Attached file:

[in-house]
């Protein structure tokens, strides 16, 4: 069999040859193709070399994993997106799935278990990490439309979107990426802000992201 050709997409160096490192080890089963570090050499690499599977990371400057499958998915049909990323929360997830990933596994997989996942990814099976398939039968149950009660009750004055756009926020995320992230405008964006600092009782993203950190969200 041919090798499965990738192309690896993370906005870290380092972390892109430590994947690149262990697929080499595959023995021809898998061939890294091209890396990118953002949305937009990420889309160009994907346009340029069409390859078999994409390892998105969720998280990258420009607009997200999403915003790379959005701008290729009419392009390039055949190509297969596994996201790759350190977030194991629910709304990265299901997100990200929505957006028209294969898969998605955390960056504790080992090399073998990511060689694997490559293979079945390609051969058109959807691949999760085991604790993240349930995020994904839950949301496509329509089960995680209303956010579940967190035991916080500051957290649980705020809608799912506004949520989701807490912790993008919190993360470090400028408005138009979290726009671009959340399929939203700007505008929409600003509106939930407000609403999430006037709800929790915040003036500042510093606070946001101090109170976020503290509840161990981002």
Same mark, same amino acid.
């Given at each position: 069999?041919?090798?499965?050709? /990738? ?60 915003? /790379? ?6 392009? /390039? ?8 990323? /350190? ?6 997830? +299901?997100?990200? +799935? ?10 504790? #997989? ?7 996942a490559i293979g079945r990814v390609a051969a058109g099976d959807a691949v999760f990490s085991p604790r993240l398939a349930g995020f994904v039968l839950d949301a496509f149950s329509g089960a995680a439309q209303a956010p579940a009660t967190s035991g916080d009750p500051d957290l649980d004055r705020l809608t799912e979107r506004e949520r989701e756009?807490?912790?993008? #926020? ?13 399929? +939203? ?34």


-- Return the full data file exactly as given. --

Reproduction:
[in-house]
């Protein structure tokens, strides 16, 4: 069999040859193709070399994993997106799935278990990490439309979107990426802000992201 050709997409160096490192080890089963570090050499690499599977990371400057499958998915049909990323929360997830990933596994997989996942990814099976398939039968149950009660009750004055756009926020995320992230405008964006600092009782993203950190969200 041919090798499965990738192309690896993370906005870290380092972390892109430590994947690149262990697929080499595959023995021809898998061939890294091209890396990118953002949305937009990420889309160009994907346009340029069409390859078999994409390892998105969720998280990258420009607009997200999403915003790379959005701008290729009419392009390039055949190509297969596994996201790759350190977030194991629910709304990265299901997100990200929505957006028209294969898969998605955390960056504790080992090399073998990511060689694997490559293979079945390609051969058109959807691949999760085991604790993240349930995020994904839950949301496509329509089960995680209303956010579940967190035991916080500051957290649980705020809608799912506004949520989701807490912790993008919190993360470090400028408005138009979290726009671009959340399929939203700007505008929409600003509106939930407000609403999430006037709800929790915040003036500042510093606070946001101090109170976020503290509840161990981002």
Same mark, same amino acid.
């Given at each position: 069999?041919?090798?499965?050709? /990738? ?60 915003? /790379? ?6 392009? /390039? ?8 990323? /350190? ?6 997830? +299901?997100?990200? +799935? ?10 504790? #997989? ?7 996942a490559i293979g079945r990814v390609a051969a058109g099976d959807a691949v999760f990490s085991p604790r993240l398939a349930g995020f994904v039968l839950d949301a496509f149950s329509g089960a995680a439309q209303a956010p579940a009660t967190s035991g916080d009750p500051d957290l649980d004055r705020l809608t799912e979107r506004e949520r989701e756009?807490?912790?993008? #926020? ?13 399929? +939203? ?34």